All at once I came across a brick building surrounded by a gaggle of youths. The sign out front said “Lotus” and had a simple drawing that looked like a mix of the flower and a broadband antenna. A thick mixture of sweat, cigarettes, and smoked meat permeated the air. I descended a few stairs into a darkened room and waited for my eyes to adjust. Two young men sat around a single terminal playing a strange game I’d never seen. In my best Ukrainian I asked them “can I purchase a network connection? I need to do business, no more than one hour” the boys responded quickly with a dismissive tone, too fast for me to understand. The whole time their gaze remained fixed on the monitor. I asked them to repeat slowly, that I did not know the language. The eldest boy turned in his chair and said “no network, local only.” Then added as an afterthought, “you like games?”

I glanced at the screen, and understood the boy's transfixion. The game was unlike any I had seen. There seemed to be no objective, no puzzle, and no progression. Bright flashes of saturated color moved across the screen like waves lapping at a shore. The boys were using keys to sort streams of color, controlling the way they mixed. I was amazed at the fluidity of each passing contour as it lazily drew the outline of a complex undulating space. I sat down next to the boys, my gaze slowly consumed by the display. I found myself leaning ever closer until I had nearly pressed my nose against the screen.

I woke up with a start. One of the young men stood over me with a glass of water. I took it gratefully; pushing myself up against the wall under a window looking out to the sea. The boys had pulled back a curtain – spilling warm light into the room – and gone back to playing their game. An intermittent drip of rusty water plunked into a puddle to my left. My pulse hammered in my head, seemingly in time with the punctuating drips. I had left Fedor’s house in Lisne without having breakfast, and the sun must have been stronger than I knew. With uncertainty, I slowly stood up, bracing myself against the window sill. I stared out at the shimmer of the ocean, barely visible on the horizon. I was reminded of the image on the terminal and waves of nausea crashed over me. I lit a cigarette to quell this feeling; taking a long drag and blowing it out into the salt air.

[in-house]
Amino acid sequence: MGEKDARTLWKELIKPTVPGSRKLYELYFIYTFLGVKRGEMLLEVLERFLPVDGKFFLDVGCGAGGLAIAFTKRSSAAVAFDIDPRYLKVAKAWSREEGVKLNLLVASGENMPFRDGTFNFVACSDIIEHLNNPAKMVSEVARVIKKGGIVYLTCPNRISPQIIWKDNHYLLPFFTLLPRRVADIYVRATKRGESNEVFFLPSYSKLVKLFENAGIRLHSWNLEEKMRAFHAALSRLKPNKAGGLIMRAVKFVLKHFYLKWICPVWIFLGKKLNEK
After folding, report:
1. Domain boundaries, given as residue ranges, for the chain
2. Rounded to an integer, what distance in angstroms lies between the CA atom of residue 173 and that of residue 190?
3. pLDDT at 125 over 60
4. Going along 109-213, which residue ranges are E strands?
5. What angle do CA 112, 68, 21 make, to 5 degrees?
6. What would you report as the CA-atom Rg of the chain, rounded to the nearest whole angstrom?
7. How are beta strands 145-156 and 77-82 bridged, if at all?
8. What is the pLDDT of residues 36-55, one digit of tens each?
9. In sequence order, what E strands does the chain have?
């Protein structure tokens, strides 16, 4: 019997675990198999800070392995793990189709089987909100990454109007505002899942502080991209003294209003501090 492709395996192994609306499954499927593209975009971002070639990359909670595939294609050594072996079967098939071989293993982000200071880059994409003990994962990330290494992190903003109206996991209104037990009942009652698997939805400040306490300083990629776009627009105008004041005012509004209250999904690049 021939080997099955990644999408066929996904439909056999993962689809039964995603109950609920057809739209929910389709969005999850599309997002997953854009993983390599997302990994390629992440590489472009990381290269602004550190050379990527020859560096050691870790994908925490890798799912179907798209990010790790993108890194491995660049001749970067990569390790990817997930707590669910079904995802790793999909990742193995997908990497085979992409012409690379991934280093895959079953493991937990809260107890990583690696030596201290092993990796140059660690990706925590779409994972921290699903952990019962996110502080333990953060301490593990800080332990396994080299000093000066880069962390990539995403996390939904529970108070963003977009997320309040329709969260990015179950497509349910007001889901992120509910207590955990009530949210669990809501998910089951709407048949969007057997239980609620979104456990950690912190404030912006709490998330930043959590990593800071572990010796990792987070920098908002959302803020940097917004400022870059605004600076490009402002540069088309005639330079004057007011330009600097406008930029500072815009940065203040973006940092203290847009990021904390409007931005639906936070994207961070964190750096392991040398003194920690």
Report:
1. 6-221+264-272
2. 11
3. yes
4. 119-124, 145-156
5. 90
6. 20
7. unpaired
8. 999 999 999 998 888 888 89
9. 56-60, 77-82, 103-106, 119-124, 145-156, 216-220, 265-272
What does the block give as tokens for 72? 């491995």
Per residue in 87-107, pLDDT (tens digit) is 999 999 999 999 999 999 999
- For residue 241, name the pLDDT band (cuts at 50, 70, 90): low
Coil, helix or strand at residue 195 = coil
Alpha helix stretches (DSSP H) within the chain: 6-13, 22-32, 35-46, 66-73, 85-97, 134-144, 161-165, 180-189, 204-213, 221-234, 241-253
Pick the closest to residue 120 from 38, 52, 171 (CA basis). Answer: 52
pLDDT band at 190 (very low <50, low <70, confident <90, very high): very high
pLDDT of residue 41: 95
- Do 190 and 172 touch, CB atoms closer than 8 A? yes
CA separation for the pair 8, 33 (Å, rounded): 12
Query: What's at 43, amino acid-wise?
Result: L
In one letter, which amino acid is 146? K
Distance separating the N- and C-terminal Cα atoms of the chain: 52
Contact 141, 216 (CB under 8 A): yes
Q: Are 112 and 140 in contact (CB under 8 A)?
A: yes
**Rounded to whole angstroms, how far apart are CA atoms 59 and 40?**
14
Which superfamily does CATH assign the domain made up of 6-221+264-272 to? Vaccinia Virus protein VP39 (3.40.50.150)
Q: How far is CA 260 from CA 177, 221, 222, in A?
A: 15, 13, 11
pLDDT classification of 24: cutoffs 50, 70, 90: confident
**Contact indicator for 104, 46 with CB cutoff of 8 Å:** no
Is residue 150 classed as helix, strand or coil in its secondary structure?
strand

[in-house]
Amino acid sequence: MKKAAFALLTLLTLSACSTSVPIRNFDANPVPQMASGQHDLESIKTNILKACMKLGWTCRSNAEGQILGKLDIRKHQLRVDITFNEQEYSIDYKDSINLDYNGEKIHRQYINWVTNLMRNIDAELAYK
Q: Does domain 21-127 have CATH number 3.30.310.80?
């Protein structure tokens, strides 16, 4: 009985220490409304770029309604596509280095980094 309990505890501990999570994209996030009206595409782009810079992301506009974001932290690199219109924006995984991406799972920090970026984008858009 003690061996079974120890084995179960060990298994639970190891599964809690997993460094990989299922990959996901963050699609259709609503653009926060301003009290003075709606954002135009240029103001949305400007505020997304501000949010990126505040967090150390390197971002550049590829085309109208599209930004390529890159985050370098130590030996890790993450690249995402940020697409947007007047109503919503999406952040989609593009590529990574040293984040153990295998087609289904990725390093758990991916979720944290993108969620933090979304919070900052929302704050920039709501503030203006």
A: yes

On the sill– in the focused light cast by a cut-crystal ashtray overflowing with spent butts – I noticed a bee. To my pleasant surprise, it was Anthidum cingulatum, the very bee that pollinates the Himantoglossum caprinum I had been in search of.  At first glance I thought the creature was in the throes of death; its body contorting in a strange dance atypical for a solitary mason bee.